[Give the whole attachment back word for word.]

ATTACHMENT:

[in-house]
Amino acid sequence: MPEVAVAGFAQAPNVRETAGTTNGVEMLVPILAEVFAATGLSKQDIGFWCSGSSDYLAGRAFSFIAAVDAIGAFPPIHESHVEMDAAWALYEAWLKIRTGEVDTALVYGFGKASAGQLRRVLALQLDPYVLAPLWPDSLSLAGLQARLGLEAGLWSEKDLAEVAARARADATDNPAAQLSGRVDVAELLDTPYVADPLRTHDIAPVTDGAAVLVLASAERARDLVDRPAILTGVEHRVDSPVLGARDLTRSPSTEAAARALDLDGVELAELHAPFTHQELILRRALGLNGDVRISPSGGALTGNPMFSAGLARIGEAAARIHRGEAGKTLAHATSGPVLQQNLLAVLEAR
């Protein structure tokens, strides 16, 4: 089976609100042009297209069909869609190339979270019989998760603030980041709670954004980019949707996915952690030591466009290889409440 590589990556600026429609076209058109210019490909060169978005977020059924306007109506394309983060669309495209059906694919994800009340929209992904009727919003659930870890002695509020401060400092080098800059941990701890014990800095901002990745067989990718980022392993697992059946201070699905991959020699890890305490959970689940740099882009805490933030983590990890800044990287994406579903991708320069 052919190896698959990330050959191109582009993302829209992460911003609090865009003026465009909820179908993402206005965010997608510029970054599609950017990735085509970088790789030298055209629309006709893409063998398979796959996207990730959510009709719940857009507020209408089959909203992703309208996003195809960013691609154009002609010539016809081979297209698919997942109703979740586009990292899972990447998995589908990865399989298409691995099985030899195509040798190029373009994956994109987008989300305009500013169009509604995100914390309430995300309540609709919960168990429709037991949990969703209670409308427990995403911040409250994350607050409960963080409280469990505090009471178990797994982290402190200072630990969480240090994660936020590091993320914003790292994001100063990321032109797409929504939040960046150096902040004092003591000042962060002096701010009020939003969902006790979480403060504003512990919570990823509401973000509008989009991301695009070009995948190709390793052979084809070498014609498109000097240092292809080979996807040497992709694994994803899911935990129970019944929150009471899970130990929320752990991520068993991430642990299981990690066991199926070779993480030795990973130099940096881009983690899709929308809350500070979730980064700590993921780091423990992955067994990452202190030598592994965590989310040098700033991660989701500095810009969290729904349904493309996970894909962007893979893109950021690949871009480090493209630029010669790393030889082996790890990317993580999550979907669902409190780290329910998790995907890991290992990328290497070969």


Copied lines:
[in-house]
Amino acid sequence: MPEVAVAGFAQAPNVRETAGTTNGVEMLVPILAEVFAATGLSKQDIGFWCSGSSDYLAGRAFSFIAAVDAIGAFPPIHESHVEMDAAWALYEAWLKIRTGEVDTALVYGFGKASAGQLRRVLALQLDPYVLAPLWPDSLSLAGLQARLGLEAGLWSEKDLAEVAARARADATDNPAAQLSGRVDVAELLDTPYVADPLRTHDIAPVTDGAAVLVLASAERARDLVDRPAILTGVEHRVDSPVLGARDLTRSPSTEAAARALDLDGVELAELHAPFTHQELILRRALGLNGDVRISPSGGALTGNPMFSAGLARIGEAAARIHRGEAGKTLAHATSGPVLQQNLLAVLEAR
């Protein structure tokens, strides 16, 4: 089976609100042009297209069909869609190339979270019989998760603030980041709670954004980019949707996915952690030591466009290889409440 590589990556600026429609076209058109210019490909060169978005977020059924306007109506394309983060669309495209059906694919994800009340929209992904009727919003659930870890002695509020401060400092080098800059941990701890014990800095901002990745067989990718980022392993697992059946201070699905991959020699890890305490959970689940740099882009805490933030983590990890800044990287994406579903991708320069 052919190896698959990330050959191109582009993302829209992460911003609090865009003026465009909820179908993402206005965010997608510029970054599609950017990735085509970088790789030298055209629309006709893409063998398979796959996207990730959510009709719940857009507020209408089959909203992703309208996003195809960013691609154009002609010539016809081979297209698919997942109703979740586009990292899972990447998995589908990865399989298409691995099985030899195509040798190029373009994956994109987008989300305009500013169009509604995100914390309430995300309540609709919960168990429709037991949990969703209670409308427990995403911040409250994350607050409960963080409280469990505090009471178990797994982290402190200072630990969480240090994660936020590091993320914003790292994001100063990321032109797409929504939040960046150096902040004092003591000042962060002096701010009020939003969902006790979480403060504003512990919570990823509401973000509008989009991301695009070009995948190709390793052979084809070498014609498109000097240092292809080979996807040497992709694994994803899911935990129970019944929150009471899970130990929320752990991520068993991430642990299981990690066991199926070779993480030795990973130099940096881009983690899709929308809350500070979730980064700590993921780091423990992955067994990452202190030598592994965590989310040098700033991660989701500095810009969290729904349904493309996970894909962007893979893109950021690949871009480090493209630029010669790393030889082996790890990317993580999550979907669902409190780290329910998790995907890991290992990328290497070969």